Deaths from Fall-Related Traumatic Brain Injury — United States, 2008–2017
Weekly / March 6, 2020 / 69(9);225–230
Alexis B. Peterson, PhD1; Scott R. Kegler, PhD1 (View author affiliations)View suggested citation
What is already known about this topic?
Falls can cause serious injuries, including a traumatic brain injury (TBI). Unintentional falls represent the second leading cause of TBI-related death.
What is added by this report?
The national age-adjusted rate of fall-related TBI deaths increased by 17% from 2008 to 2017; rates increased significantly in 29 states and among nearly all groups, most notably persons living in noncore nonmetropolitan counties and those aged ≥75 years.
What are the implications for public health practice?
Health care providers can educate patients about falls and TBIs, assess fall risk, and encourage participation in evidence-based fall prevention programs. Annual wellness visits might serve as a time to review previously assessed fall risk factors and update personalized prevention plans.
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One in 10 U.S. residents aged ≥18 years reports falling each year (1). Among all age groups, falls can cause serious injury and are the second leading cause of traumatic brain injury (TBI)–related deaths (2). TBI is a head injury caused by a bump, blow, or jolt to the head or body or a penetrating head injury that results in disruption of normal brain function.* CDC estimated national and state-specific rates and trends for TBI-related deaths (TBI deaths) caused by unintentional falls (fall-related TBI deaths) among U.S. residents during 2008–2017, by selected decedent characteristics. The national age-adjusted rate of fall-related TBI deaths increased by 17% from 2008 to 2017. Rate trends at the national level increased significantly for nearly all decedent characteristics, with the most notable increases observed among persons living in noncore (i.e., most rural), nonmetropolitan counties and those aged ≥75 years. Analysis of state-specific rate trends determined that rates of fall-related TBI deaths increased significantly in 29 states over the 10-year study period. A fall can happen to anyone of any age, but falls are preventable. Health care providers and the public need to be aware of evidence-based strategies to prevent falls, given that rates of fall-related TBI deaths are increasing. Health care providers can educate patients on fall and TBI prevention, assess their risk for falls, and when needed, encourage participation in appropriate evidence-based fall prevention programs.†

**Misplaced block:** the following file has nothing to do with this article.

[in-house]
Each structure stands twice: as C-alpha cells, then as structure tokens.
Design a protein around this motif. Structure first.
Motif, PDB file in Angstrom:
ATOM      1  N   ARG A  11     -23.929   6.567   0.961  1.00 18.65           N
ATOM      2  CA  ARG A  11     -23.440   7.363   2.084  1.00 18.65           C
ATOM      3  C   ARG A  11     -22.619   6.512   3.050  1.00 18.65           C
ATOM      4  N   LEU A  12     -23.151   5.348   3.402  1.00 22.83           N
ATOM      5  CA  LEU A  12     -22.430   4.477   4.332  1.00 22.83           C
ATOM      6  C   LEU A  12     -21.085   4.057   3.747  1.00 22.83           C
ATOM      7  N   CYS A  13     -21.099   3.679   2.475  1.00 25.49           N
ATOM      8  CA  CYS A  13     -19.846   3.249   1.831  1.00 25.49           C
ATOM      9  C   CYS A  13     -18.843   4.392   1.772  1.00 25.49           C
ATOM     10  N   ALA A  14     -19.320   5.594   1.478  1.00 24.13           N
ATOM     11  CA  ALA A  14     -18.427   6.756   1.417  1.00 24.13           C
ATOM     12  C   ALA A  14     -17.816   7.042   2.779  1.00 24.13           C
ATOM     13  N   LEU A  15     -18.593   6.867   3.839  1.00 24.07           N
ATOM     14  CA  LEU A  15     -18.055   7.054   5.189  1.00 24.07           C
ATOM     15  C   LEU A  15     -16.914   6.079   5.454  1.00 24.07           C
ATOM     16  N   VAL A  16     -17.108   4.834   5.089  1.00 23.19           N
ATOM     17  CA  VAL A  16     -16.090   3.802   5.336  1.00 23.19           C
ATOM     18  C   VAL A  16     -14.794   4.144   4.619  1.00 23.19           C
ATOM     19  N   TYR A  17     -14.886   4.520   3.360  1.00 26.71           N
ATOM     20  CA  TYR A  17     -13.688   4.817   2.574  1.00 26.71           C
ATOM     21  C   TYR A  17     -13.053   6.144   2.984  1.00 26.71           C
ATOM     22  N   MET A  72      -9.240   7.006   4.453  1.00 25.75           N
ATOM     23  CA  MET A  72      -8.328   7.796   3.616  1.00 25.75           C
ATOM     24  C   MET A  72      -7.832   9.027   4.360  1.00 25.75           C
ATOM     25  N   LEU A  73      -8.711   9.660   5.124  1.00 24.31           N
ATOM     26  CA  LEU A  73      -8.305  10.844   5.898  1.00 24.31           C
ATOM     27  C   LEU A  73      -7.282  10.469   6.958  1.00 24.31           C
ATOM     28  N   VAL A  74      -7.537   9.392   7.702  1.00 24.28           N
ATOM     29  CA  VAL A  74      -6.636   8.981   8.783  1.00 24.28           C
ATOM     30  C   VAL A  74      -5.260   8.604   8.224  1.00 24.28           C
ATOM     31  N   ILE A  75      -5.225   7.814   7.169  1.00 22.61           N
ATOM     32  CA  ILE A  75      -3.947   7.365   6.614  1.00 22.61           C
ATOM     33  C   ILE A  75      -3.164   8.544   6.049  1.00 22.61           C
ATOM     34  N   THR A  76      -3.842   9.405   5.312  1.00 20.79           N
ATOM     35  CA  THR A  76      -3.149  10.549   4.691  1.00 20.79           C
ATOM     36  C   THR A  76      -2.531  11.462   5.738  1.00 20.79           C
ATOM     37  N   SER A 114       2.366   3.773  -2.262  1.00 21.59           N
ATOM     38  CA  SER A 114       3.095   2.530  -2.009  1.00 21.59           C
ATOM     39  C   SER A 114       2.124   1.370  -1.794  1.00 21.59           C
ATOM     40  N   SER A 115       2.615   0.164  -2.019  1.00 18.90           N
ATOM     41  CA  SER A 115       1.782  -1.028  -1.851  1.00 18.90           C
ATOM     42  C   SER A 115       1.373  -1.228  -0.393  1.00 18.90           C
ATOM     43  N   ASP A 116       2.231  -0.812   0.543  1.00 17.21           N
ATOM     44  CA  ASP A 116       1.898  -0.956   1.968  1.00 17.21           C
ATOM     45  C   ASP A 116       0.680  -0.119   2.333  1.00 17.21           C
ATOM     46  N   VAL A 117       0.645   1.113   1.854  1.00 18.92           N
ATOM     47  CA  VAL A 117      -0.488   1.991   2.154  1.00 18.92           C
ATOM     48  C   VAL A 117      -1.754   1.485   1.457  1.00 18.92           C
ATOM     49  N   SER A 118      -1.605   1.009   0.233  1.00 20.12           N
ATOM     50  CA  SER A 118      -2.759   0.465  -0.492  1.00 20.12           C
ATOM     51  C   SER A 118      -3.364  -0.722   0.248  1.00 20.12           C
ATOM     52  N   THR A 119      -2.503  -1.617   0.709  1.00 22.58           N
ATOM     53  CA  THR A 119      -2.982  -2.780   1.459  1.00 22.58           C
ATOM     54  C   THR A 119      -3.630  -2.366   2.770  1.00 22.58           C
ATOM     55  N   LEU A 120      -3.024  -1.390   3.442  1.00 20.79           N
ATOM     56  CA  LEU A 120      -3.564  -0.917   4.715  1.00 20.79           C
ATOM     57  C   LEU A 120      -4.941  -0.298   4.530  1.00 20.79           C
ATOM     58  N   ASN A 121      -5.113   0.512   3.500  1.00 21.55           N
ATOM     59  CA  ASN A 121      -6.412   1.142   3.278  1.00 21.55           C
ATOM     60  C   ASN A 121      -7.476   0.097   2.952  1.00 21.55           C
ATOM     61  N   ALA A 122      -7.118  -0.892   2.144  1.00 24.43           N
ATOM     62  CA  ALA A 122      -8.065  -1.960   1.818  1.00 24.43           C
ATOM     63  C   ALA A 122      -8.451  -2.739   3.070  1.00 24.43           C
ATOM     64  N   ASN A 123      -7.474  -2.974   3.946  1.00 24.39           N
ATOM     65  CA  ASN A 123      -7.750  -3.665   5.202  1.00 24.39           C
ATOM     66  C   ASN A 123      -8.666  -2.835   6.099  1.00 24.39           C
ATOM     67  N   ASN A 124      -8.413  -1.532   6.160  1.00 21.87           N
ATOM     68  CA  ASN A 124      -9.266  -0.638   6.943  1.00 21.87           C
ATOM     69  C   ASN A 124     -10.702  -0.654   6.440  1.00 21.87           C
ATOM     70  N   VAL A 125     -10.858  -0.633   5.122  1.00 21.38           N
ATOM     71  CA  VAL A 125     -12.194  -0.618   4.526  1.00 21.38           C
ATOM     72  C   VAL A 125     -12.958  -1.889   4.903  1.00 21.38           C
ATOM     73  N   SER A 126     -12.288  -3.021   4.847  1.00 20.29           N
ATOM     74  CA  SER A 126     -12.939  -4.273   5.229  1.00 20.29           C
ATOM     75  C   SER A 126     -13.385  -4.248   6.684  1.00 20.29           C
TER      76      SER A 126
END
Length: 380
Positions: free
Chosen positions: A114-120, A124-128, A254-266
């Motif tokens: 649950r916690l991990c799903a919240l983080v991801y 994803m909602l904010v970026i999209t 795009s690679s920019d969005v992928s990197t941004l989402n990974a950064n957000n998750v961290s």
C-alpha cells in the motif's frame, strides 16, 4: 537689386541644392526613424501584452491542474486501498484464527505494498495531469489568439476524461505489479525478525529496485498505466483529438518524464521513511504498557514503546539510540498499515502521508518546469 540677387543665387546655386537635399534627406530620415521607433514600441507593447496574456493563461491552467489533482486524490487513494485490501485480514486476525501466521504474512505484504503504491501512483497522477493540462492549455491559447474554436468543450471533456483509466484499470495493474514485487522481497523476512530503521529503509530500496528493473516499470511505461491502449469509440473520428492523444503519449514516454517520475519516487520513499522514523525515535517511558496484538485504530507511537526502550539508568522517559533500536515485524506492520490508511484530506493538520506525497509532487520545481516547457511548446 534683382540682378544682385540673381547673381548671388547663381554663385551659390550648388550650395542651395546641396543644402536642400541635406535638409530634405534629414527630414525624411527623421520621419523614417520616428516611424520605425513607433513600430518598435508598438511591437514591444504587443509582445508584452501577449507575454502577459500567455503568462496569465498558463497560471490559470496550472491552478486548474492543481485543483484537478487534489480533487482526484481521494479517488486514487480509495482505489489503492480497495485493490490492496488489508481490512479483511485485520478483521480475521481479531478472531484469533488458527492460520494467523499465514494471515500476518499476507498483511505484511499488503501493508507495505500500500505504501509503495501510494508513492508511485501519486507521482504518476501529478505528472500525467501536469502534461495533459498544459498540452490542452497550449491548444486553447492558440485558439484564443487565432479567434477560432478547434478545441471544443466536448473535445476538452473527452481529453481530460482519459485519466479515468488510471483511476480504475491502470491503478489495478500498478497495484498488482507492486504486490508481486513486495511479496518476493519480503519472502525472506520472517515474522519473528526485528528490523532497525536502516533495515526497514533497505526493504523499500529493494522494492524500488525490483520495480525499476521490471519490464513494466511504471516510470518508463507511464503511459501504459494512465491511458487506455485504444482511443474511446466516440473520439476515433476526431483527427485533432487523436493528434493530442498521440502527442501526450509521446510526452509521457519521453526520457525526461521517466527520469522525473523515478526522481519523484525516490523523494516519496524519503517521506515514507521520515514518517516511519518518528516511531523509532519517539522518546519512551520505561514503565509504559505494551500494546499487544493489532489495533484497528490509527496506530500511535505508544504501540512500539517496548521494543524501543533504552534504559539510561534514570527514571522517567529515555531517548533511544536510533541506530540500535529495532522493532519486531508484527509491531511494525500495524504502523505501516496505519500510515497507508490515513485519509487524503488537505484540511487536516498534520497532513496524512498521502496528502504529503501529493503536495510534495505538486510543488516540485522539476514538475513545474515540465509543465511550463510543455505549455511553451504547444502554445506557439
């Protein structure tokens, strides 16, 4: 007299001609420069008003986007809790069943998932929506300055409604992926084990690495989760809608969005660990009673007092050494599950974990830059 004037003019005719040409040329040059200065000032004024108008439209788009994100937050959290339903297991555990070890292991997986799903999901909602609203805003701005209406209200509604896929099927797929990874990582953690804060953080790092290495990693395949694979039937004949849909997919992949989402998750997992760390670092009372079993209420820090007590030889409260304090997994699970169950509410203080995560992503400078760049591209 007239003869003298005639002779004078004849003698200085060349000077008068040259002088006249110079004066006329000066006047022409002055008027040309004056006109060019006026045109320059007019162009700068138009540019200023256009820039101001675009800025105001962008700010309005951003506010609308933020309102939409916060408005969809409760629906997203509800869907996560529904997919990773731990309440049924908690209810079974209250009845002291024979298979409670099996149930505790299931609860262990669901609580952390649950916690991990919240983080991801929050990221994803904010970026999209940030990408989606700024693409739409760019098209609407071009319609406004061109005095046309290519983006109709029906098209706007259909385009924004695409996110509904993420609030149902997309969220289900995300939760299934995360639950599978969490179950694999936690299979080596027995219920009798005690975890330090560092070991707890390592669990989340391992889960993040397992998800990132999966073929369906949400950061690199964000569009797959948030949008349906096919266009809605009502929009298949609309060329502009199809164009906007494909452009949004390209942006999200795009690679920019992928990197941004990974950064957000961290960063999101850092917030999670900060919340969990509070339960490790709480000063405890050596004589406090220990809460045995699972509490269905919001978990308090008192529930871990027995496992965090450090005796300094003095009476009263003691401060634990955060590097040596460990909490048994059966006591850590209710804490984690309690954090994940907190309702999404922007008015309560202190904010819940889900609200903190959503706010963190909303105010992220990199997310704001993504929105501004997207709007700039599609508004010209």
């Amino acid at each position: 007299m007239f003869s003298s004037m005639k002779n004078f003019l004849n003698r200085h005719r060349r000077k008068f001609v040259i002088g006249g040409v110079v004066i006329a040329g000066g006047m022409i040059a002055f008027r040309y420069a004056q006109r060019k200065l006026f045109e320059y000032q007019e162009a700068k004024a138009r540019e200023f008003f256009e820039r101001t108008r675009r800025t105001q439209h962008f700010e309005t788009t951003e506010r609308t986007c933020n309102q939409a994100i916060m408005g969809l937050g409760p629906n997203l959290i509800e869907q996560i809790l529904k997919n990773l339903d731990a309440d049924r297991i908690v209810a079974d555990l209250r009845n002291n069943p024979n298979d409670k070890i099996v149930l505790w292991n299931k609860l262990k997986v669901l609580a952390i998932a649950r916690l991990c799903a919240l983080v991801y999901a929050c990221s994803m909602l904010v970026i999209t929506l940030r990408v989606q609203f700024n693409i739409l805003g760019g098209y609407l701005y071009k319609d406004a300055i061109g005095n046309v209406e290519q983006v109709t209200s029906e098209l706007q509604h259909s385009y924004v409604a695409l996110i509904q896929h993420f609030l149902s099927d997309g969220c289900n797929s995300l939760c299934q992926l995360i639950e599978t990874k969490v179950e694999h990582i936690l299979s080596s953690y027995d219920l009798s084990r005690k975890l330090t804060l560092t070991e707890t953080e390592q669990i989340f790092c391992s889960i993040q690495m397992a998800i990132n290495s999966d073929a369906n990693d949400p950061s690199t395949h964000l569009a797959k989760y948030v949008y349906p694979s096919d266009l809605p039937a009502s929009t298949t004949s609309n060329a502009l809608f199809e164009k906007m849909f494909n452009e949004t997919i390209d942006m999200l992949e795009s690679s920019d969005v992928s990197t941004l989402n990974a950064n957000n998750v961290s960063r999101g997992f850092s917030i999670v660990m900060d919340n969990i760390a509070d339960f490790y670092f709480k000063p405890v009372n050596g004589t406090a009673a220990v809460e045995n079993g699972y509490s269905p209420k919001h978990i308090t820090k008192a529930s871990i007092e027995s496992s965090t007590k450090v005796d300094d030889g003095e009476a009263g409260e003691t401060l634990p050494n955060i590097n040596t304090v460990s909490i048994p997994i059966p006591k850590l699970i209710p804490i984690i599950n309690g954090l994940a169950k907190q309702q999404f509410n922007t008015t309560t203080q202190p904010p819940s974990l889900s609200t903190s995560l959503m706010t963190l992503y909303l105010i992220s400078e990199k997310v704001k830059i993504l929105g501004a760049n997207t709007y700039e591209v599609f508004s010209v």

National Vital Statistics System multiple-cause-of-death database on death certificates filed in 50 states and the District of Columbia (DC) were analyzed to determine the incidence of fall-related TBI deaths among U.S residents by year, decedent characteristics (sex, age group, race/ethnicity, and urban/rural residence classification status§), and state of residence. To identify cases, an initial screen for International Classification of Diseases, Tenth Revision (ICD-10) underlying-cause-of-death codes in the range W00–W19 was performed, indicating an unintentional fall as the underlying cause of death. A fall-related death was further identified as a TBI death when any of the ICD-10 multiple-cause-of-death codes indicated a TBI-related diagnosis (2).¶ Study years 2008–2017 were selected to support estimation of 10-year national and state-specific trends.
Annual death rates and accompanying 95% confidence intervals (CIs) were calculated per 100,000 population by integrating the National Vital Statistics System data with U.S. bridged-race population estimates.** With the exception of age-group rates, death rates were age-adjusted to the U.S. year 2000 standard age distribution. National and state-specific rate trends of fall-related TBI deaths were modeled using Joinpoint regression software (version 18.104.22.168; National Cancer Institute) to estimate average annual percent changes (AAPCs) for the 10-year study period. AAPCs were considered statistically significant at α = 0.05.